2. Unsafe Locations:

a. The showers or plumbing of a building, as well as electrical appliances in a building during a thunderstorm should be avoided.

b. Small covered shelters outside, such as dugouts, bleachers, rain shelters, golf shelters, picnic shelters.

i. Areas connected to or near light poles, towers and fences

ii. Any location which is the highest point in the area

IASAS Heat Management Guidelines

IASAS HEAT MANAGEMENT GUIDELINES FOR OUTDOOR ACTIVITIES & SPORTS

(Viewable in the Student-Athlete/Parent Handbook)

  • The Heat Index will be the chosen measure of heat. Each school is responsible for monitoring Heat Index for IASAS tournaments Staff involved in overseeing IASAS activities need to check readings prior to engaging in these activities to be aware of the zone they are currently in.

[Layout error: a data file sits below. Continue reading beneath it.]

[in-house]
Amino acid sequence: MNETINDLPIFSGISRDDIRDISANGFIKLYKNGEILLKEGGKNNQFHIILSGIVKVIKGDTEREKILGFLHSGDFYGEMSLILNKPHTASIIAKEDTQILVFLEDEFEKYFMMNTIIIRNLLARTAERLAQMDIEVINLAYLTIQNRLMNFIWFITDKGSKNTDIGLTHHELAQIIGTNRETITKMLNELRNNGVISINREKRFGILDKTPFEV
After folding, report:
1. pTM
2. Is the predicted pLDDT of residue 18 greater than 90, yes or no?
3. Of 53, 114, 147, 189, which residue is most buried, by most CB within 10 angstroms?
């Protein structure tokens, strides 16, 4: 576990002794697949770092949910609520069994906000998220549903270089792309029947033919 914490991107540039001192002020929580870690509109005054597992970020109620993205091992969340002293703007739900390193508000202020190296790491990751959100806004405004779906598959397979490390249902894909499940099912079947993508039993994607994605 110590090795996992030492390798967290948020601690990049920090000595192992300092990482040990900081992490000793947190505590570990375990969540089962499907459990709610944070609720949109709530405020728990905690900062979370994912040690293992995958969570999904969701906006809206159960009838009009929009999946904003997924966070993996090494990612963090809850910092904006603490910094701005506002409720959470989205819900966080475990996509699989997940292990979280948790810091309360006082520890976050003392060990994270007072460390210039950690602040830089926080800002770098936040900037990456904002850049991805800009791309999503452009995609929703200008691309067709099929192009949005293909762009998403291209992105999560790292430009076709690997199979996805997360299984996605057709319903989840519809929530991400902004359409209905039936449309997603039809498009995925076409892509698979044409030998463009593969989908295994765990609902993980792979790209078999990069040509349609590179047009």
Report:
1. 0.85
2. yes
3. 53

• Heat Index should ideally be displayed during tournaments
  • Athletic Staff & Tournament Officials should monitor temperature on a regular basis and adjust based on the zone they are in

 

Heat Index below 33°C


 

The following actions are standard practice for all IASAS Outdoor Activities

  • The School shall provide adequate water supply at all teaching stations.
  • Staff should inform athletes to apply sun lotion before, games and activities.
  • Athletes should be encouraged to wear hats where applicable
  • All athletes and athletes should bring water bottles to IASAS events
  • Recommended water breaks every 30 minutes.
  • Where possible spend half times, rest periods and other coaching moments in shade provided around facilities.
  • Athletes that want to take a break should do so at any time.